Ruthven could not get into the room. It is just conceivable that the twenty armed men might, somehow, pack themselves into the adjacent bedroom, with Ruthven. They certainly could not draw their weapons, nor wield them if they were already drawn. Rizzio was over by the window in the supper room, crouching down behind the Queen’s skirts. He was completely safe. Nobody but Darnley could get within six feet of him, and Darnley could not move his arms.
And yet Rizzio was murdered. Moreover, whether or not he was actually murdered there, the first blows were certainly struck in the supper room. We are told, from all sides, that the supper table overturned. This is outrageous; it could not possibly overturn, jammed up as it was against the Commendator and the Duchess of Argyle. However, the Duchess of Argyle got the idea that it was going to overturn, and somehow she got hold of a candle and held it up over her head so that they should have enough light to murder Rizzio by if they could only get near him. This was not her intention; she wanted evidence. But the other candles had gone out, probably from lack of oxygen, and she would have done better to let hers go out too.
It was by the light of this candle that the subsequent events were seen. They were seen, and recorded, by supporters of both part ies; apart from the fact that it describes something that could not have taken place, the evidence is perfectly clear. Not one, but several, of the armed men from the bedroom now proceeded to enter the supper room. Their very names are attested by both parties. Ruthven himself was one of them. It is calmly reported that he took the Queen in his arms and put her into the King’sarms,entreating Her Majesty not to be afraid. . . . He assured Her Majesty that all that was done was with the King’s own deed and assent. This is, of course, nonsense. Ruthven was a sick man. Hercules could not have forced Mary through the throng into Darnley’s arms; it has to be assumed that she was in them already, having no room to be anywhere else, and that Ruthven, pressed up against them, shouted some kind of apology into her ear above the wild hullabaloo that must have prevailed.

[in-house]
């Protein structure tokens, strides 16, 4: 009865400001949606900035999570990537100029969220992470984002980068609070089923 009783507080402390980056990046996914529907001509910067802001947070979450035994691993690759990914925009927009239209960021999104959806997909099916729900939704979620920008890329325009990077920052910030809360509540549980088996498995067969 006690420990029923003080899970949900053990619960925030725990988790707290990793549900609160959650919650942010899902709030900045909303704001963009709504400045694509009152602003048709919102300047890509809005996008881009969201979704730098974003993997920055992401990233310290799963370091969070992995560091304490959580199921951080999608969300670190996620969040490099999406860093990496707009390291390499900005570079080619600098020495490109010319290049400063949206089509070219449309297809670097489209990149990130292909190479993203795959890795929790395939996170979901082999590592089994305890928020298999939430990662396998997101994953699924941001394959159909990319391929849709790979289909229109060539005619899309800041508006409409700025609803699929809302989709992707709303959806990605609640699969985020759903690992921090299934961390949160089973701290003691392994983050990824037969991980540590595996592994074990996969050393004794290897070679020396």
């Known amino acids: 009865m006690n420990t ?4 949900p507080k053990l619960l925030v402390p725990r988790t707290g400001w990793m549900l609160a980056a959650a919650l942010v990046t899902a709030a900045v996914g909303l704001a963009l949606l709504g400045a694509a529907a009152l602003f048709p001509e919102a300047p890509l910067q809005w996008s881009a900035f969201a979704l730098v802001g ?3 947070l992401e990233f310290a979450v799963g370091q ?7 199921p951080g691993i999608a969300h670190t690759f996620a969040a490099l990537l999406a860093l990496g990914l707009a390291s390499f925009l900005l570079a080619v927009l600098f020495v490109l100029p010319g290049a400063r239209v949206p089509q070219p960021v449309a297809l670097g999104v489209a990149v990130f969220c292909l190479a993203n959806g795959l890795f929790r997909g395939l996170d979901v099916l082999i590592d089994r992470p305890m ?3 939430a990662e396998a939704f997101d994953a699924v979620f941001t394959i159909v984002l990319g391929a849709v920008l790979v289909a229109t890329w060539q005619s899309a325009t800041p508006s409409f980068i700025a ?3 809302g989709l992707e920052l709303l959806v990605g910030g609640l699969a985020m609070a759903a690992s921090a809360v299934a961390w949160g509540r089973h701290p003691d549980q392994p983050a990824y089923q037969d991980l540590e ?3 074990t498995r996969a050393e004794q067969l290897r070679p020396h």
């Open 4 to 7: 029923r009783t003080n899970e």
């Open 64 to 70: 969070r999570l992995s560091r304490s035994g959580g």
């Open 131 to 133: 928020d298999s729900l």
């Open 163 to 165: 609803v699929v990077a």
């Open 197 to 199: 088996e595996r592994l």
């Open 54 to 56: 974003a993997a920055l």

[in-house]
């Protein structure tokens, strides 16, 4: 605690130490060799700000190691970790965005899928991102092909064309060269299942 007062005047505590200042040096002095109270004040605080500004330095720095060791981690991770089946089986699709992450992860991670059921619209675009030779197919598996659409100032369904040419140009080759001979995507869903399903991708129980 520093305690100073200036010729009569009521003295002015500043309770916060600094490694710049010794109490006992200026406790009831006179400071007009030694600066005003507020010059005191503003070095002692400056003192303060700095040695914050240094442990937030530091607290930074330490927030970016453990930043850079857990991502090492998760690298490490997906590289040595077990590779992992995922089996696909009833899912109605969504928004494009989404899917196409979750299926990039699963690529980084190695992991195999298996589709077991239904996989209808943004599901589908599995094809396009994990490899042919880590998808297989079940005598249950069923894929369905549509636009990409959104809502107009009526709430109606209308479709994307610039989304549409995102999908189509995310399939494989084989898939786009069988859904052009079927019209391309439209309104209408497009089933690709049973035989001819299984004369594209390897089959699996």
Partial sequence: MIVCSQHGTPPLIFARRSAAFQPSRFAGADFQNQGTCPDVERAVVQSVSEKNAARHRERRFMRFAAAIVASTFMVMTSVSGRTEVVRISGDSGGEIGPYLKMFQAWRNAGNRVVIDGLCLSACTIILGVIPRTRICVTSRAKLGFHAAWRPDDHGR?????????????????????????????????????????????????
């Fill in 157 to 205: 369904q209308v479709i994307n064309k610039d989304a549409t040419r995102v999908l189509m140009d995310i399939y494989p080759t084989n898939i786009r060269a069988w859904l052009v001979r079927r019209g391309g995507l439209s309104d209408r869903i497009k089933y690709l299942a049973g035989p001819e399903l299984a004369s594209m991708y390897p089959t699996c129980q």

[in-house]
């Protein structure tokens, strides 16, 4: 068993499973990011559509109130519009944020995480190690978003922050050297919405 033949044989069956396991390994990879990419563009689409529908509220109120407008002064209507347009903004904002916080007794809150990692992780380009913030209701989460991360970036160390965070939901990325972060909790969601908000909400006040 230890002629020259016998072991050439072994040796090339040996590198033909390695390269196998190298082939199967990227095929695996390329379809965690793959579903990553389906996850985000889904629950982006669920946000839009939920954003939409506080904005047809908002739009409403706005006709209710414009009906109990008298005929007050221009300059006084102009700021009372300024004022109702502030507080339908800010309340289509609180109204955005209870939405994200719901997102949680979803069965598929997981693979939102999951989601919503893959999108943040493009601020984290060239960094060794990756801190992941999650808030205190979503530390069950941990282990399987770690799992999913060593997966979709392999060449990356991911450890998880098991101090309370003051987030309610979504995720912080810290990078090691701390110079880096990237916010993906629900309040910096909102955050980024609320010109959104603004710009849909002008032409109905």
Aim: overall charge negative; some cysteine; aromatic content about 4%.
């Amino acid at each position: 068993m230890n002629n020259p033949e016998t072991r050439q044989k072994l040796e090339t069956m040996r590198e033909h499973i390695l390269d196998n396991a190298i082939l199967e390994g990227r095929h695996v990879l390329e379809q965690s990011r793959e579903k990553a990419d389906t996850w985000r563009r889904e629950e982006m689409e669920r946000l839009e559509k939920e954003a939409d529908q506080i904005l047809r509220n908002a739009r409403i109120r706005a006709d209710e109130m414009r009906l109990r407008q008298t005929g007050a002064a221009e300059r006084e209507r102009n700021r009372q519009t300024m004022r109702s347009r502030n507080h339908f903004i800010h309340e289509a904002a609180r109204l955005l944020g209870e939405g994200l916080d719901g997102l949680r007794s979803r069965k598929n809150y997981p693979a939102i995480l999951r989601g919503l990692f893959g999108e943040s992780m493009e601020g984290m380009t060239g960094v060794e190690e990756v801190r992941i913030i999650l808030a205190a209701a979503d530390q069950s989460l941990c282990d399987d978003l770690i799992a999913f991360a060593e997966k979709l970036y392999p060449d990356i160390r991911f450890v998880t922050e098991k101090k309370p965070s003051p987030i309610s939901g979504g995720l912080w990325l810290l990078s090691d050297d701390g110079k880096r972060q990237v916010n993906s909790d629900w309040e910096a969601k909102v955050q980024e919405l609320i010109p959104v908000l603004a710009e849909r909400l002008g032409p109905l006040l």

Ruthven was not the only one. The Earl of Morton was in the room, and so was George Douglas. Then, we are told, Faldonside held his pistol at the Queen’s breast. She told him to fire if he did not respect her child. Faldonside did not fire. The whole incident was probably quite unintentional on his part, and he would have explained this if he had been able to get a word in. Similarly, Bellenden made a thrust at her with his rapier, which was struck down by a page. How did the page get in? He must have been there all the time, presumably under the table.
There are now at least ten, and possibly eleven or twelve, persons in the supper room. Since it could not hold half of them, it is hardly any further strain on the imagination to picture Rizzio being dragged out, between their legs, and through the compressed mass of armed men in the bedroom, to the Presence Chamber. Here he was finally dispatched, if he had not been dispatched already, and they finished off the night’s incredible business in a rather commonplace way by cutting him up and throwing the pieces into the courtyard.
It is, as we have said, an event unique in history. There is no doubt whatever that it took place in the manner described; there is, simultaneously, no possibility whatever that it did take place in the manner described. One can only stand, mystified, in the Queen’s private supper room and speculate on the infinite compressibility of sixteenth-century Scotsmen.
The ceiling of the supper room is, bv the way, rather low, and this despite the fact that the floor level was lowered about nine inches or a foot (the exact figure is disputed) in the time of Charles the Second. One can only imagine that Charles had this done in order that, if the need to murder an Italian secretary should arise again, the armed men could at least be passed in over the supper party’s heads.